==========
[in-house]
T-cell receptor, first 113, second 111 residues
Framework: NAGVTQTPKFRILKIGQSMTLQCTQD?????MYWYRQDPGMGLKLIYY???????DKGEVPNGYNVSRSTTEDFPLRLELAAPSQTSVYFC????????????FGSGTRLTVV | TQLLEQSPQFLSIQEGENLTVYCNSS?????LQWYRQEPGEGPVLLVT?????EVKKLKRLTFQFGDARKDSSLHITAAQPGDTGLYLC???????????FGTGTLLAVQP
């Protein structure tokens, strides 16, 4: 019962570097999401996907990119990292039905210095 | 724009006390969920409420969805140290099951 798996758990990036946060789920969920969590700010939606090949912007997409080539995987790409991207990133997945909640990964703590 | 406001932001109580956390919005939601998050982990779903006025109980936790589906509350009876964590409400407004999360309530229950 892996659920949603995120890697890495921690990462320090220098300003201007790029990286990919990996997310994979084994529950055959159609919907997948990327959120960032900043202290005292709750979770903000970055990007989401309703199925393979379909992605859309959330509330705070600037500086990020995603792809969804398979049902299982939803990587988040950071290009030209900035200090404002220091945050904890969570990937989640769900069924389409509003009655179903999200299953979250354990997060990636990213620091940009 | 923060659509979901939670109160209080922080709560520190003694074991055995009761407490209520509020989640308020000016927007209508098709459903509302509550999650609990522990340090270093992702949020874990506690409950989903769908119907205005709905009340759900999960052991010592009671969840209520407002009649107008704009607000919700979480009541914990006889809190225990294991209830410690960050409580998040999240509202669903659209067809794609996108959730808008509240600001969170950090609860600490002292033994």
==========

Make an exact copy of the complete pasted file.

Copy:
[in-house]
T-cell receptor, first 113, second 111 residues
Framework: NAGVTQTPKFRILKIGQSMTLQCTQD?????MYWYRQDPGMGLKLIYY???????DKGEVPNGYNVSRSTTEDFPLRLELAAPSQTSVYFC????????????FGSGTRLTVV | TQLLEQSPQFLSIQEGENLTVYCNSS?????LQWYRQEPGEGPVLLVT?????EVKKLKRLTFQFGDARKDSSLHITAAQPGDTGLYLC???????????FGTGTLLAVQP
């Protein structure tokens, strides 16, 4: 019962570097999401996907990119990292039905210095 | 724009006390969920409420969805140290099951 798996758990990036946060789920969920969590700010939606090949912007997409080539995987790409991207990133997945909640990964703590 | 406001932001109580956390919005939601998050982990779903006025109980936790589906509350009876964590409400407004999360309530229950 892996659920949603995120890697890495921690990462320090220098300003201007790029990286990919990996997310994979084994529950055959159609919907997948990327959120960032900043202290005292709750979770903000970055990007989401309703199925393979379909992605859309959330509330705070600037500086990020995603792809969804398979049902299982939803990587988040950071290009030209900035200090404002220091945050904890969570990937989640769900069924389409509003009655179903999200299953979250354990997060990636990213620091940009 | 923060659509979901939670109160209080922080709560520190003694074991055995009761407490209520509020989640308020000016927007209508098709459903509302509550999650609990522990340090270093992702949020874990506690409950989903769908119907205005709905009340759900999960052991010592009671969840209520407002009649107008704009607000919700979480009541914990006889809190225990294991209830410690960050409580998040999240509202669903659209067809794609996108959730808008509240600001969170950090609860600490002292033994």